Planting And Growing Herbs In Containers

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This article will teach you how to plant and grow herbs in containers.
by Brett · All Zones · Planting · 0 Comments · August 25, 2010 · 12,529 views

Herbs in PotsMany herbs can be grown successfully in containers on a patio, balcony or terrace. There are many reasons why you may want to grow herbs in containers rather than in the garden. First, many of them are small and tend to get lost in a landscape; growing them in containers brings them closer to the viewer. This is especially true of ornamental herbs that have unique qualities that should be viewed upclose. Container growing is especially recommended for herbs that need good drainage and tend to rot in overly wet garden soils, or for tender herbs that need to be overwintered indoors. Containers are easily transported and can be arranged in attractive groupings with containers of flowering plants.

Choosing A Container For Growing Herbs

Any container is suitable for growing herbs as long as it has a drainage hole.

Clay pots are often preferred because they are more porous than plastic. Other containers that work well include window boxes, strawberry jars, and hanging baskets.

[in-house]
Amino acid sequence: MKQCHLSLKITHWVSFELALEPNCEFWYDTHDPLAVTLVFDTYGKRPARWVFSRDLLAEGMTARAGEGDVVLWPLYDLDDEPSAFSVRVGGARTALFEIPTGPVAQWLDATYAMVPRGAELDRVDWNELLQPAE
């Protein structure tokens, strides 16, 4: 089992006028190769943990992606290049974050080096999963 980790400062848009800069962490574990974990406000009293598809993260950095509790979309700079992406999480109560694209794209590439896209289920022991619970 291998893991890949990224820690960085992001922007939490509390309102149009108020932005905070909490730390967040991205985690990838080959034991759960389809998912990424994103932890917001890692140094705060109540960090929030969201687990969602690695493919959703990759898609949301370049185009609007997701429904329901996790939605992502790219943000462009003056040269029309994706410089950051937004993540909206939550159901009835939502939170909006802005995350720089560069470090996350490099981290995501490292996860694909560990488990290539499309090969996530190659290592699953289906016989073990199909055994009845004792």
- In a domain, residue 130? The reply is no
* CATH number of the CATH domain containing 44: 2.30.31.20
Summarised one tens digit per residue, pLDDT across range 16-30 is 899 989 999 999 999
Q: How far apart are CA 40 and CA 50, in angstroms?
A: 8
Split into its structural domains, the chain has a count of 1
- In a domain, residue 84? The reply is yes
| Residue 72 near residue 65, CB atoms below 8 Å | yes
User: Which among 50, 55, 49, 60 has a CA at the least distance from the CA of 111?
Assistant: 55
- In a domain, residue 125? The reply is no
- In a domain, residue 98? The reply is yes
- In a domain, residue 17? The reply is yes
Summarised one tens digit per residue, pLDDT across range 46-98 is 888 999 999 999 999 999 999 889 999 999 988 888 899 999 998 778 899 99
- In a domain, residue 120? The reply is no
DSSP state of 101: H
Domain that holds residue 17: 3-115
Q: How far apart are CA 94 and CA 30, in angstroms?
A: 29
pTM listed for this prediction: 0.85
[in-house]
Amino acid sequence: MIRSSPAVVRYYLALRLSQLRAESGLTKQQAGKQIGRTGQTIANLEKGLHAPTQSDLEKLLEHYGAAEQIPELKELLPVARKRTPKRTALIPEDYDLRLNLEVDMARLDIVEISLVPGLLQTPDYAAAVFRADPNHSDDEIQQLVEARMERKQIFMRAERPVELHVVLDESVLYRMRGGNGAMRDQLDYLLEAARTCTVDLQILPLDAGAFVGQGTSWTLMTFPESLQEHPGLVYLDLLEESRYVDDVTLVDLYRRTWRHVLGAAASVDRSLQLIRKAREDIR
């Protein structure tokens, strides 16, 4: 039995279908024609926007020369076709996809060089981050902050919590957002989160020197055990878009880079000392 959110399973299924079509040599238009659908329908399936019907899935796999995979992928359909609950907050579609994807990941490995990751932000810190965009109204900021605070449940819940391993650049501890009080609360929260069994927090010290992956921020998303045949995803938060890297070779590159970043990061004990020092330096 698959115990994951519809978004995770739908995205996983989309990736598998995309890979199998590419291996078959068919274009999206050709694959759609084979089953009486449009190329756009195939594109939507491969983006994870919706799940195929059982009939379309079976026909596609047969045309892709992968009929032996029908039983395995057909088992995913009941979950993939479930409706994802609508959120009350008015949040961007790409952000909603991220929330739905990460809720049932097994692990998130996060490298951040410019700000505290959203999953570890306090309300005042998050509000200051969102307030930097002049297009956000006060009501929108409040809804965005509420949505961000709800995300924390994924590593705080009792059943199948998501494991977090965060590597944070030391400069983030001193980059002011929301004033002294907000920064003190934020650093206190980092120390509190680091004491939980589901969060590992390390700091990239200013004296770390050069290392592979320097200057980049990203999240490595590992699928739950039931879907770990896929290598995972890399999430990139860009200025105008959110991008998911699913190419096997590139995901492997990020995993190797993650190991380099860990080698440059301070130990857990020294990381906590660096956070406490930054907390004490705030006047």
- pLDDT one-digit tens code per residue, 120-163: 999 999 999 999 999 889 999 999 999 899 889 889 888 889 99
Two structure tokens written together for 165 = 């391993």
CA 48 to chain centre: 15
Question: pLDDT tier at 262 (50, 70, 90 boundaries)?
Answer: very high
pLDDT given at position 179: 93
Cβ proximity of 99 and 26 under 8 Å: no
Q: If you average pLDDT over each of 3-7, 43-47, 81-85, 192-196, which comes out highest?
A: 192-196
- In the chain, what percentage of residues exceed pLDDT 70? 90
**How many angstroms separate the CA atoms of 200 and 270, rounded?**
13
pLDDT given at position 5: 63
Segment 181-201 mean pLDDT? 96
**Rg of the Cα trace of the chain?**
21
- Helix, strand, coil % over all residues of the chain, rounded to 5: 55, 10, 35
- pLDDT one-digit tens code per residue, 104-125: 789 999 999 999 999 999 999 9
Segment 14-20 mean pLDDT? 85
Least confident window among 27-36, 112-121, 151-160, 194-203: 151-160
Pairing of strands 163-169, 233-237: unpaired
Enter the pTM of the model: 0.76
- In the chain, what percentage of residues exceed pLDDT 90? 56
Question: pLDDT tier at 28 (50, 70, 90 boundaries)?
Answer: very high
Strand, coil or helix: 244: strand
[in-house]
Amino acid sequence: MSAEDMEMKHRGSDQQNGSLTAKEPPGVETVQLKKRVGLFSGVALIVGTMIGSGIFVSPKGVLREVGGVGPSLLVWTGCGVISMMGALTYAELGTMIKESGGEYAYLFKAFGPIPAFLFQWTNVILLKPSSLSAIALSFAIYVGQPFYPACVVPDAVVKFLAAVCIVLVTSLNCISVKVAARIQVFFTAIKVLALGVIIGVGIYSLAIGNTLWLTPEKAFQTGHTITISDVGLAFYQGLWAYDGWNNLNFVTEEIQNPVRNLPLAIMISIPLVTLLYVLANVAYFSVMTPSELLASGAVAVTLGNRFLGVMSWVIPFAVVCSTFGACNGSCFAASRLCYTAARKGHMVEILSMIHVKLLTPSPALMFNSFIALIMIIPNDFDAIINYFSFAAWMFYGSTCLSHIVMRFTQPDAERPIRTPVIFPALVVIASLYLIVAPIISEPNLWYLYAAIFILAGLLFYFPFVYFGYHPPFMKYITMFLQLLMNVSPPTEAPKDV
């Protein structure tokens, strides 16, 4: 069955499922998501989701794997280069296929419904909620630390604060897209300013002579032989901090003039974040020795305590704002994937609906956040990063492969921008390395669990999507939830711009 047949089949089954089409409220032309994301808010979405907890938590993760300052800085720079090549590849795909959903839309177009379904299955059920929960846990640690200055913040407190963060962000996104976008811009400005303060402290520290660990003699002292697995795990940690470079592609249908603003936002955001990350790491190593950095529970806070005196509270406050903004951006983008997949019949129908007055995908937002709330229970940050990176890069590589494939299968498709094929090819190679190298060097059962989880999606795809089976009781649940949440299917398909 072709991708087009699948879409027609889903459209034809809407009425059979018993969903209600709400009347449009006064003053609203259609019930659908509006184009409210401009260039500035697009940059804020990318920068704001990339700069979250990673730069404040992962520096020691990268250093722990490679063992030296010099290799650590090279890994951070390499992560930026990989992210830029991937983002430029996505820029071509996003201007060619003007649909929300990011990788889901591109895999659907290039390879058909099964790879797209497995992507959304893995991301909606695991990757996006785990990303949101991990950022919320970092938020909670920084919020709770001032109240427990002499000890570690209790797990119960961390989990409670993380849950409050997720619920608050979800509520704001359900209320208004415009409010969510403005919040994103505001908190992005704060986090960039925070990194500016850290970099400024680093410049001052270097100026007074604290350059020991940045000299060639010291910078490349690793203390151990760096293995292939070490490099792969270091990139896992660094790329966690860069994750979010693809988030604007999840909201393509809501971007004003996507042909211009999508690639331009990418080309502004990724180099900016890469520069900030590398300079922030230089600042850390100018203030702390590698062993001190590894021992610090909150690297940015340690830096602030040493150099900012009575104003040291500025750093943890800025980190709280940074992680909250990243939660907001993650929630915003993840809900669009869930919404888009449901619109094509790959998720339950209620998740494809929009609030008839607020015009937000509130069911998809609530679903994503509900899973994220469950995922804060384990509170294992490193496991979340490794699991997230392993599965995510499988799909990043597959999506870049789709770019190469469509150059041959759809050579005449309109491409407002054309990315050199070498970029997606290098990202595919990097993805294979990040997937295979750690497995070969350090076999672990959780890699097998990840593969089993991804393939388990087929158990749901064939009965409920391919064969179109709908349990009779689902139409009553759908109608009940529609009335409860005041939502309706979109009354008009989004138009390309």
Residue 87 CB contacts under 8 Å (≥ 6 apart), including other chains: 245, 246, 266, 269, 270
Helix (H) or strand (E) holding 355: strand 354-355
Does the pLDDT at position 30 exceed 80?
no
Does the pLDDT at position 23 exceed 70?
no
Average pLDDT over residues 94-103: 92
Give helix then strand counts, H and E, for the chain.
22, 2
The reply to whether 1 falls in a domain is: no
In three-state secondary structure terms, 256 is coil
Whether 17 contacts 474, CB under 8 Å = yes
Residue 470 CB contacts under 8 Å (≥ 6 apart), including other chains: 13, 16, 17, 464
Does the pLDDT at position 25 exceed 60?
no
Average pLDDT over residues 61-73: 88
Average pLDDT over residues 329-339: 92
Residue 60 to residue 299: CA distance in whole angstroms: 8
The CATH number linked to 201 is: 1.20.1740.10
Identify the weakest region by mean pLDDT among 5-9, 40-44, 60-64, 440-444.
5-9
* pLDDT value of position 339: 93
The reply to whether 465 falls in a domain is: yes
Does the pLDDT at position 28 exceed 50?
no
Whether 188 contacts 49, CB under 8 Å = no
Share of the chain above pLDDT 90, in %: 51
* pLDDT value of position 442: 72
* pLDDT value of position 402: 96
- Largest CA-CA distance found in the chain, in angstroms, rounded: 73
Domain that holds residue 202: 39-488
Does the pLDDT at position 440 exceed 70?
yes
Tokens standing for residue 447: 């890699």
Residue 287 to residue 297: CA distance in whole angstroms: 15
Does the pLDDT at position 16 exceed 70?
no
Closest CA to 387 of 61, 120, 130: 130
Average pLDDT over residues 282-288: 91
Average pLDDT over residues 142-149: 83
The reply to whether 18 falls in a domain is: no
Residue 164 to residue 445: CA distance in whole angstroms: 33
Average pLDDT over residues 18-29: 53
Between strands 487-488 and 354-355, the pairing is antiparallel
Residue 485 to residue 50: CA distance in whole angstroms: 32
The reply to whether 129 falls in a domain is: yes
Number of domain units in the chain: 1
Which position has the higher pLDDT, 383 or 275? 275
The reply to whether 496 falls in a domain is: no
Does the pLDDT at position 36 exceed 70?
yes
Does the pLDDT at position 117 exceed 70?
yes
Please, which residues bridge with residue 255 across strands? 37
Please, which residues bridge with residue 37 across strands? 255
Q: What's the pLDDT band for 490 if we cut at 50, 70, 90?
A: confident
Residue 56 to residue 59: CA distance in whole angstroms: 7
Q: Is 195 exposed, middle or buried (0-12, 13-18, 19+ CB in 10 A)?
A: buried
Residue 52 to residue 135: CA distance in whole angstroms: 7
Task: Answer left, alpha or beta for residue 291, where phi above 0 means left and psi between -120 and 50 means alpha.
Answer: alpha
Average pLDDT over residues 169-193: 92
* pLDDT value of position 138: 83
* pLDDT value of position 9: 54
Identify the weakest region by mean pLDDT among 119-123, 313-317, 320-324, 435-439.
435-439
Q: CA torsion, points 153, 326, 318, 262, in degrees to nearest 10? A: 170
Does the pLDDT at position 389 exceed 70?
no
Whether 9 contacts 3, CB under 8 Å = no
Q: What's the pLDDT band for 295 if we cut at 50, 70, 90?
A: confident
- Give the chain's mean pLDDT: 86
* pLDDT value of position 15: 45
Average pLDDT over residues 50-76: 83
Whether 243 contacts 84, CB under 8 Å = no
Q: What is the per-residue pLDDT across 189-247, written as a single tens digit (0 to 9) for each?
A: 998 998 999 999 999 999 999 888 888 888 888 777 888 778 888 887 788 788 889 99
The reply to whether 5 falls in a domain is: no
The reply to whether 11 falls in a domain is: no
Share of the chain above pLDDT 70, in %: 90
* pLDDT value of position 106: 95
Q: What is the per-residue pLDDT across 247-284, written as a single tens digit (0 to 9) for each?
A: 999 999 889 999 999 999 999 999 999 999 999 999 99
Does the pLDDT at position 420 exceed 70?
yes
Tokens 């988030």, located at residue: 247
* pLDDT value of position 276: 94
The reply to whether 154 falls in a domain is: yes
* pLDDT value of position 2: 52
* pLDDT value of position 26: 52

Soil For Herbs In Containers

The soil you use should be loose and well-drained. A recommeded mix for container grown plants can be made by mixing equal parts of potting soil, peat moss, and perlite (or vermiculite), or just use a premium potting mix. Mixes containing fertilizer are not recommended.

Choosing Herb Plants For Containers

Small and slow-growing herbs look best in containers. Some examples are variegated sage, purple sage, golden sage, parsley, Greek oregano, rosemary, prostrate rosemary, marjoram, bush basil, thyme, chives, and summer savory. Window boxes, strawberry jars, and large pots can accomodate a combination of several herbs and flowers.

Care Of Herbs In Containers

Watering Herbs in Containers: Though herbs are very easy to grow, perhaps the the most difficult part of growing them in containers is watering. Plants growing in containers dry out faster than in the ground. On a hot, sunny day, a container may require water once or twice daily. Of course, the water requirements vary from plant to plant. When the top of the soil feels dry, apply enough water to allow a small amount to come out the drainage holes in the bottom of the container.

Fertilizing Herbs in Containers: Since most herbs do not require high fertility, you should not need to fertilize them as much as you would other container-grown plants such as flowers or houseplants. Small dosages of a slow release organic fertilizer such as fish emulsion should work fine. During the growing season, pinch the plants back to keep them bushy and compact and remove any dead or diseased leaves to keep them healthy.

Pruning Herbs: Pruning should be done during spring and summer; avoid excessively cutting the plants back in the fall. The growth serves to catch leaves that help insulate the plants.


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